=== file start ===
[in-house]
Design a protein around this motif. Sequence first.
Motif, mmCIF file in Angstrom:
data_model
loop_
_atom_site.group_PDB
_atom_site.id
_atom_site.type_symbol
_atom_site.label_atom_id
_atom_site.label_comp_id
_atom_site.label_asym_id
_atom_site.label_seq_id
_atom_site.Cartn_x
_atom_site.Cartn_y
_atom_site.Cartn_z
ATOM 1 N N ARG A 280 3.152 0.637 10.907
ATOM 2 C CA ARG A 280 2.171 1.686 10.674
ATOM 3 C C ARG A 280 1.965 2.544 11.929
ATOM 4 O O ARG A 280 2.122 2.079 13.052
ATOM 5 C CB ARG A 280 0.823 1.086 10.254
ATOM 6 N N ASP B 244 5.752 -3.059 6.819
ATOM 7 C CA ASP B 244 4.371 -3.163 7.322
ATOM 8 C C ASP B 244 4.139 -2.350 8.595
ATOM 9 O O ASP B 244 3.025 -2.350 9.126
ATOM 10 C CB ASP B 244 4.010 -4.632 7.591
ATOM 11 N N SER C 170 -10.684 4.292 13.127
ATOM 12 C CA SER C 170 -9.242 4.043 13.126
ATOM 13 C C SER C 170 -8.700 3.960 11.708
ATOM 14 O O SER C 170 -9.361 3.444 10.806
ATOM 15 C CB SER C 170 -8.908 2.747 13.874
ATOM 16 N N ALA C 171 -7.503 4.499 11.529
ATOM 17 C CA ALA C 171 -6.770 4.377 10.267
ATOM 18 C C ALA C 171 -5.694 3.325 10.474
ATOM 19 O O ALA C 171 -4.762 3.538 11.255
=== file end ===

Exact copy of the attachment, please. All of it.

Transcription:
[in-house]
Design a protein around this motif. Sequence first.
Motif, mmCIF file in Angstrom:
data_model
loop_
_atom_site.group_PDB
_atom_site.id
_atom_site.type_symbol
_atom_site.label_atom_id
_atom_site.label_comp_id
_atom_site.label_asym_id
_atom_site.label_seq_id
_atom_site.Cartn_x
_atom_site.Cartn_y
_atom_site.Cartn_z
ATOM 1 N N ARG A 280 3.152 0.637 10.907
ATOM 2 C CA ARG A 280 2.171 1.686 10.674
ATOM 3 C C ARG A 280 1.965 2.544 11.929
ATOM 4 O O ARG A 280 2.122 2.079 13.052
ATOM 5 C CB ARG A 280 0.823 1.086 10.254
ATOM 6 N N ASP B 244 5.752 -3.059 6.819
ATOM 7 C CA ASP B 244 4.371 -3.163 7.322
ATOM 8 C C ASP B 244 4.139 -2.350 8.595
ATOM 9 O O ASP B 244 3.025 -2.350 9.126
ATOM 10 C CB ASP B 244 4.010 -4.632 7.591
ATOM 11 N N SER C 170 -10.684 4.292 13.127
ATOM 12 C CA SER C 170 -9.242 4.043 13.126
ATOM 13 C C SER C 170 -8.700 3.960 11.708
ATOM 14 O O SER C 170 -9.361 3.444 10.806
ATOM 15 C CB SER C 170 -8.908 2.747 13.874
ATOM 16 N N ALA C 171 -7.503 4.499 11.529
ATOM 17 C CA ALA C 171 -6.770 4.377 10.267
ATOM 18 C C ALA C 171 -5.694 3.325 10.474
ATOM 19 O O ALA C 171 -4.762 3.538 11.255